So people here still get out of their cars and direct traffic to clear up jams without waiting for cops, although it must be added that they are driving like maniacs and paying the price. Employees behind counters think and respond realistically rather than euphemistically to your inquiries and requests, a refreshing contrast to even the best American response, which is usually something like, "No problem," implying that even your simple request was almost a problem for the temp worker who'd been put there to deflect it without any real training or public incentive to solve it.
I am not excusing anything. Israel's unpretentious, reliable public felicity and trust are fraying, and they unravel completely in pretty much the ways they have done at the borders of American Indian reservations and urban ghettos and in the American South, whose civic graces eddied around color bars. Actually, things are more complicated in Israel, owing to conflicting senses of belonging and danger much older and deeper than anything that even paranoid American Tea Partiers can imagine.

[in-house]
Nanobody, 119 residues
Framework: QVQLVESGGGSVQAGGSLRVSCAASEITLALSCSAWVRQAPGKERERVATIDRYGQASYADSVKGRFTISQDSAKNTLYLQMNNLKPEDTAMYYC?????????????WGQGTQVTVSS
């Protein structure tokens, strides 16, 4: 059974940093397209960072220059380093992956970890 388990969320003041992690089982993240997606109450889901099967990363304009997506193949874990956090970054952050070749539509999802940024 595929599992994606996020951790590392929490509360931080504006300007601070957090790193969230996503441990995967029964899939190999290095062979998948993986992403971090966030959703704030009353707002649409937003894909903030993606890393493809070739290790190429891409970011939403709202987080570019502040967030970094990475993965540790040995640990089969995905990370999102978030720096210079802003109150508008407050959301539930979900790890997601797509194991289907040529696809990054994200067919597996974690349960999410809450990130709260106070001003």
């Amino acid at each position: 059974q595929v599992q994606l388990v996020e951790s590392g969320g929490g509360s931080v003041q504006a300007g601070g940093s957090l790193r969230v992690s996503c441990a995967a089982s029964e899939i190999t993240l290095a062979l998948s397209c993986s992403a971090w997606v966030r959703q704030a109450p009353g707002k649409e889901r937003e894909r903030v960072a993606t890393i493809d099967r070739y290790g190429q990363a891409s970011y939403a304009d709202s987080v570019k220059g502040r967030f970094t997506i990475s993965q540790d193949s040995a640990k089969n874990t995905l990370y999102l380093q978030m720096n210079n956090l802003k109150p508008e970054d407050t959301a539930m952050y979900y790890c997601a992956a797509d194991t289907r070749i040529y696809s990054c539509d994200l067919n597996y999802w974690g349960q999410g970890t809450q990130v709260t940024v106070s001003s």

To understand the dark side of Zionism you do have to imagine what America would be like if it had had thousands of suicide bombings, proportionate to the 250 or so that drove Israel nearly crazy in the middle of the last decade but that Israel's critics never ponder. And yet, for all the paranoia, there was more than enough civic indignation in Israel last week to force Netanyahu's bone-heads to rescind their barring of the 81-year-old Noam Chomsky from entering the West Bank to teach at the Palestinian Birzeit University.